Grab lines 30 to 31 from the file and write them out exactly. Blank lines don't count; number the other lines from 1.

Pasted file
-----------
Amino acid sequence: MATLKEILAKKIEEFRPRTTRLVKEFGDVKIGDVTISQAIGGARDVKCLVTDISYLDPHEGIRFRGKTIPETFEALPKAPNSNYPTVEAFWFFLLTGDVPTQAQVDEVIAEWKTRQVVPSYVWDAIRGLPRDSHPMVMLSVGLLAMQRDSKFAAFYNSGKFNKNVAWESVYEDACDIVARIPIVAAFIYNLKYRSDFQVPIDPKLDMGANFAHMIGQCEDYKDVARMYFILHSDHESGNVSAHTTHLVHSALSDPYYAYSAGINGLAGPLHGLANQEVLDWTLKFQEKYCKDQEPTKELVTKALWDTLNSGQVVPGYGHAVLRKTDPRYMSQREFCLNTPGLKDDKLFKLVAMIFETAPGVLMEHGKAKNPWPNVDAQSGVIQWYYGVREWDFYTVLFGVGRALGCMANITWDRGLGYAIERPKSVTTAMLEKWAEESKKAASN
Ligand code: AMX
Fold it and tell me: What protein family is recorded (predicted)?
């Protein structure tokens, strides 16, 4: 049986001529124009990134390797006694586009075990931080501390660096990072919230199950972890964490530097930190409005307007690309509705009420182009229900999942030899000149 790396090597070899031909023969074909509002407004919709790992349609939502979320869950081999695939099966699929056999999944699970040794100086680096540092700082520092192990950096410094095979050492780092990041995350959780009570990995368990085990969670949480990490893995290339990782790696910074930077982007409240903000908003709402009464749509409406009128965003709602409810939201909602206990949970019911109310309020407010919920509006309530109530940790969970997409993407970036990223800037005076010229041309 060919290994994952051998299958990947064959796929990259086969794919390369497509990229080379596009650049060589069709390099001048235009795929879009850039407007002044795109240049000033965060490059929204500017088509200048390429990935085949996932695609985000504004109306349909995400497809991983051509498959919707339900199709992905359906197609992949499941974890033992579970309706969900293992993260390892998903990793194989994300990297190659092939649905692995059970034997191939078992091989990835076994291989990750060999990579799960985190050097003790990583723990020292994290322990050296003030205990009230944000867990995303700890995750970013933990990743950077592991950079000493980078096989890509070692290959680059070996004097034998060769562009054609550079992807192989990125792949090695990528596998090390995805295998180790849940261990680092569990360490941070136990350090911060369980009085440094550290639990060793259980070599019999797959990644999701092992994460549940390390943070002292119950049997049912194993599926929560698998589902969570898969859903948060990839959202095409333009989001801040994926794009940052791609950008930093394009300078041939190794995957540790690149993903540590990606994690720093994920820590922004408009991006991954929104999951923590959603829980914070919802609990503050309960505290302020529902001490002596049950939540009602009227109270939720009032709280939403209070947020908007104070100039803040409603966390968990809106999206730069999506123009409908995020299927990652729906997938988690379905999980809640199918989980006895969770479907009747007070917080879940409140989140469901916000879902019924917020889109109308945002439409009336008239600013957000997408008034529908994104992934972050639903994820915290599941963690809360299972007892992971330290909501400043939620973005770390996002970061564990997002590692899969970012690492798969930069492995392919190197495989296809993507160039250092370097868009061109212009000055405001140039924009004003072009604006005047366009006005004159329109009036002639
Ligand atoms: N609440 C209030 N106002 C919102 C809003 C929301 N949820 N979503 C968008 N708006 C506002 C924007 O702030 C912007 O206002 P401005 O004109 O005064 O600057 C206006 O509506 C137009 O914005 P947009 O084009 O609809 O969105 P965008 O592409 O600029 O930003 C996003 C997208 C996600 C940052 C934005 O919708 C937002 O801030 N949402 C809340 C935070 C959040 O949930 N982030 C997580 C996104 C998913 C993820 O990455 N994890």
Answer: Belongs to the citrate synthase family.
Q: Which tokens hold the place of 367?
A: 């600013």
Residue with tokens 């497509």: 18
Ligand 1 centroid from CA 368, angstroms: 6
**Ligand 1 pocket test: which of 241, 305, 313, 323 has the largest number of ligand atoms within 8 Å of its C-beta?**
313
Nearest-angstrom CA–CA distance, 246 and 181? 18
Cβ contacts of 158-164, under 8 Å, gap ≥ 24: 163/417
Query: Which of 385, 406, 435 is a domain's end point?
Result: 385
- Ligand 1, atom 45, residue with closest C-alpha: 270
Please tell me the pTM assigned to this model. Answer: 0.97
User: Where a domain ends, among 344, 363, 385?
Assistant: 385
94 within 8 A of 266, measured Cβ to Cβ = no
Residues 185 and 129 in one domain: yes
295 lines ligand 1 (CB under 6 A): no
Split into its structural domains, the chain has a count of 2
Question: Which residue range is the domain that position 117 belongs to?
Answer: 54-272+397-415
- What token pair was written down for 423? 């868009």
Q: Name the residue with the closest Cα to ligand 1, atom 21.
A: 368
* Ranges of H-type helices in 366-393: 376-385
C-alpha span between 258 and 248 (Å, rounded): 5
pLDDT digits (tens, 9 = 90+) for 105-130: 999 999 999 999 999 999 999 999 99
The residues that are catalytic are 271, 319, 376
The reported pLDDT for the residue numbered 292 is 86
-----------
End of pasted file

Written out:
* Ranges of H-type helices in 366-393: 376-385
C-alpha span between 258 and 248 (Å, rounded): 5